Things to Know If You’re Dating Someone Suffering From Depression

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Depression is defined as “a mood disorder that can affect how you feel, think, and handle daily activities such as sleeping, eating, or working,” according to the National Institute of Mental Health. And, while you may hear the phrase “Wow, I’m so depressed” a lot, it’s critical to understand what diagnosed depression looks like, especially if you’re dating someone who has it.

But, before we get into everything you should know about dating a depressed partner, it’s important to note that everyone’s depression symptoms may look and feel different than what’s described in this article. Please contact a licensed therapist who can better help your individual needs or visit websites like NAMI and NIMH, which offer treatment options and various resources. The suggestions below may not be helpful for everyone suffering from depression.

What does it look like to be depressed?

Depression can manifest itself in a variety of ways. It is preferable to think of a mental disorder as an internal feeling rather than visible outside. However, according to licensed therapist Jason Phillips, “depression is a state of mind and feeling that can leave you feeling alone and empty inside.” 

“Signs and symptoms vary from person to person, but in general, they include low energy, a bad mood, isolation, too much sleep, not enough sleep, isolation, and poor eating habits.” As you might expect, these symptoms can significantly impact your relationships, particularly romantic ones.

To begin, depression can cause a partner to withdraw from intimacy and distance themselves from their partner. This may appear to be the partner’s sudden disinterest in you, but it is simply a symptom of their depression. According to Phillips, this demonstrates that “the person who is depressed has emotions to work through.”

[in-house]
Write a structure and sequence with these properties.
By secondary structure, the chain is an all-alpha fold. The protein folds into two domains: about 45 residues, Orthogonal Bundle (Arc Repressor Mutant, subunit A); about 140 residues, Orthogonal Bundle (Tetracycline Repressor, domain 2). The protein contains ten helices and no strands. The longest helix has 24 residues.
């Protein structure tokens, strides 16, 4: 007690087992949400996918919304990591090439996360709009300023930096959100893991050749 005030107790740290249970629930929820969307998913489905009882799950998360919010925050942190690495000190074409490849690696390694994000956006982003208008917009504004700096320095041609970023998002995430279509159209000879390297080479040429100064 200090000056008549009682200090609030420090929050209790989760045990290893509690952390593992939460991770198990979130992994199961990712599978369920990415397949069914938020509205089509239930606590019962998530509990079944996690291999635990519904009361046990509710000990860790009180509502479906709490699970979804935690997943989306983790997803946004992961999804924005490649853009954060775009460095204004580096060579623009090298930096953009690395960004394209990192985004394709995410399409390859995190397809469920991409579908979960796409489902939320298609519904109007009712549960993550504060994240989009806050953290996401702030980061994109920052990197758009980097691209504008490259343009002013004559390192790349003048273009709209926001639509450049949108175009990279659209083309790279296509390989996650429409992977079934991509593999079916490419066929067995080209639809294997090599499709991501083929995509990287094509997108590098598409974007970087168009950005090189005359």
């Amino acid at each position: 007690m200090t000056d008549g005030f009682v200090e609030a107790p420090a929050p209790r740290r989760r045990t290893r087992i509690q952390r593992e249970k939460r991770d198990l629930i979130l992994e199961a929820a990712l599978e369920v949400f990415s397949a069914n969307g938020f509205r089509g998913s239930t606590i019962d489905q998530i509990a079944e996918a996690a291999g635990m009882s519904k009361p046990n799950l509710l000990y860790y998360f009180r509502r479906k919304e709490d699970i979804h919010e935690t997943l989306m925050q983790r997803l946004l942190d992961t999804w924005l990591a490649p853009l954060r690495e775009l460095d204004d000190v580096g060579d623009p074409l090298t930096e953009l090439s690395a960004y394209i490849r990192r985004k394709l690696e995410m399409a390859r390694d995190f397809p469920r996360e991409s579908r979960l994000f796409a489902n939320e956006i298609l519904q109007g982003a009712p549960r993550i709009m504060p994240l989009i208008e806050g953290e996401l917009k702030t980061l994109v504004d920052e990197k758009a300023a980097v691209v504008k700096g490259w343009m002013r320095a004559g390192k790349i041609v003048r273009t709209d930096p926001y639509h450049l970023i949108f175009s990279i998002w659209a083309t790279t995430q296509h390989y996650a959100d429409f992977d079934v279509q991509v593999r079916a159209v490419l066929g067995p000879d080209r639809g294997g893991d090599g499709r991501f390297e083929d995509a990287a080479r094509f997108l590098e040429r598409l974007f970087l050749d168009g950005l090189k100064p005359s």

This could take the form of canceling plans five minutes before, canceling social engagements, encouraging their partner to attend friends’ and family members’ birthday parties without them, and so on. But, according to licensed psychotherapist Markesha Miller, Ph.D., depression can have a significant impact on a person’s sex drive because there is a direct correlation between libido and depression. 

As a result, your partner may struggle to find the energy or desire to engage in anything in the bedroom. According to Dr. Miller, depression can also manifest itself by limiting the quality of time spent together. To mask their feelings, depressed people often withdraw or immerse themselves in work or another hobby.

Finally, because of the mental disorder, communication between two partners may suffer. “Depression can make you more irritable, sensitive, impatient, and misunderstood,” Dr. Miller says. What can you expect if you date someone who is depressed?

To be clear: 

Many people who suffer from depression have very healthy and happy relationships. It all starts with determining what your partner may or may not require. “It is reasonable to expect unique challenges as well as highs and lows if you are dating someone with depression,” says Dr. Miller. Everyone has bad days, and a partner should understand this.